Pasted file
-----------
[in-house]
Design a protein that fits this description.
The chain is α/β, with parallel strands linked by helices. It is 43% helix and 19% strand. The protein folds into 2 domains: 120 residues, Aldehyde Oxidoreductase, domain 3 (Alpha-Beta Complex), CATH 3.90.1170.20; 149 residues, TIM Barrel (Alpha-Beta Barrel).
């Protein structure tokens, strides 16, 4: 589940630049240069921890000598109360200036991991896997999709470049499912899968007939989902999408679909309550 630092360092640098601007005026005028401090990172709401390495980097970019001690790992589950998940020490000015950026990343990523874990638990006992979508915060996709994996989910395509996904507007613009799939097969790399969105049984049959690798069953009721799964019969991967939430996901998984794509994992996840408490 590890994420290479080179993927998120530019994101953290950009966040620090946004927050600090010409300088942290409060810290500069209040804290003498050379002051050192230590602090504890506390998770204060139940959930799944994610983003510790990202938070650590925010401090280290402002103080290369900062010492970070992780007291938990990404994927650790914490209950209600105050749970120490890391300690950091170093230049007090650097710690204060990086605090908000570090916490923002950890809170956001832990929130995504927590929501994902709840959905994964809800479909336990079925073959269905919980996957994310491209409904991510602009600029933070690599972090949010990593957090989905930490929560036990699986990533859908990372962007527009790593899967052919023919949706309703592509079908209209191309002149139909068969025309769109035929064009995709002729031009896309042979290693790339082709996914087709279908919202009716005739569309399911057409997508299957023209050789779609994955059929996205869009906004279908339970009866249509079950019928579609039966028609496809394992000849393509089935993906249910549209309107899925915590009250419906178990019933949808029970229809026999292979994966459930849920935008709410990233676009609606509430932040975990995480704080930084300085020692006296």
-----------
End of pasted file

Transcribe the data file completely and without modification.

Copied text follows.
[in-house]
Design a protein that fits this description.
The chain is α/β, with parallel strands linked by helices. It is 43% helix and 19% strand. The protein folds into 2 domains: 120 residues, Aldehyde Oxidoreductase, domain 3 (Alpha-Beta Complex), CATH 3.90.1170.20; 149 residues, TIM Barrel (Alpha-Beta Barrel).
């Protein structure tokens, strides 16, 4: 589940630049240069921890000598109360200036991991896997999709470049499912899968007939989902999408679909309550 630092360092640098601007005026005028401090990172709401390495980097970019001690790992589950998940020490000015950026990343990523874990638990006992979508915060996709994996989910395509996904507007613009799939097969790399969105049984049959690798069953009721799964019969991967939430996901998984794509994992996840408490 590890994420290479080179993927998120530019994101953290950009966040620090946004927050600090010409300088942290409060810290500069209040804290003498050379002051050192230590602090504890506390998770204060139940959930799944994610983003510790990202938070650590925010401090280290402002103080290369900062010492970070992780007291938990990404994927650790914490209950209600105050749970120490890391300690950091170093230049007090650097710690204060990086605090908000570090916490923002950890809170956001832990929130995504927590929501994902709840959905994964809800479909336990079925073959269905919980996957994310491209409904991510602009600029933070690599972090949010990593957090989905930490929560036990699986990533859908990372962007527009790593899967052919023919949706309703592509079908209209191309002149139909068969025309769109035929064009995709002729031009896309042979290693790339082709996914087709279908919202009716005739569309399911057409997508299957023209050789779609994955059929996205869009906004279908339970009866249509079950019928579609039966028609496809394992000849393509089935993906249910549209309107899925915590009250419906178990019933949808029970229809026999292979994966459930849920935008709410990233676009609606509430932040975990995480704080930084300085020692006296």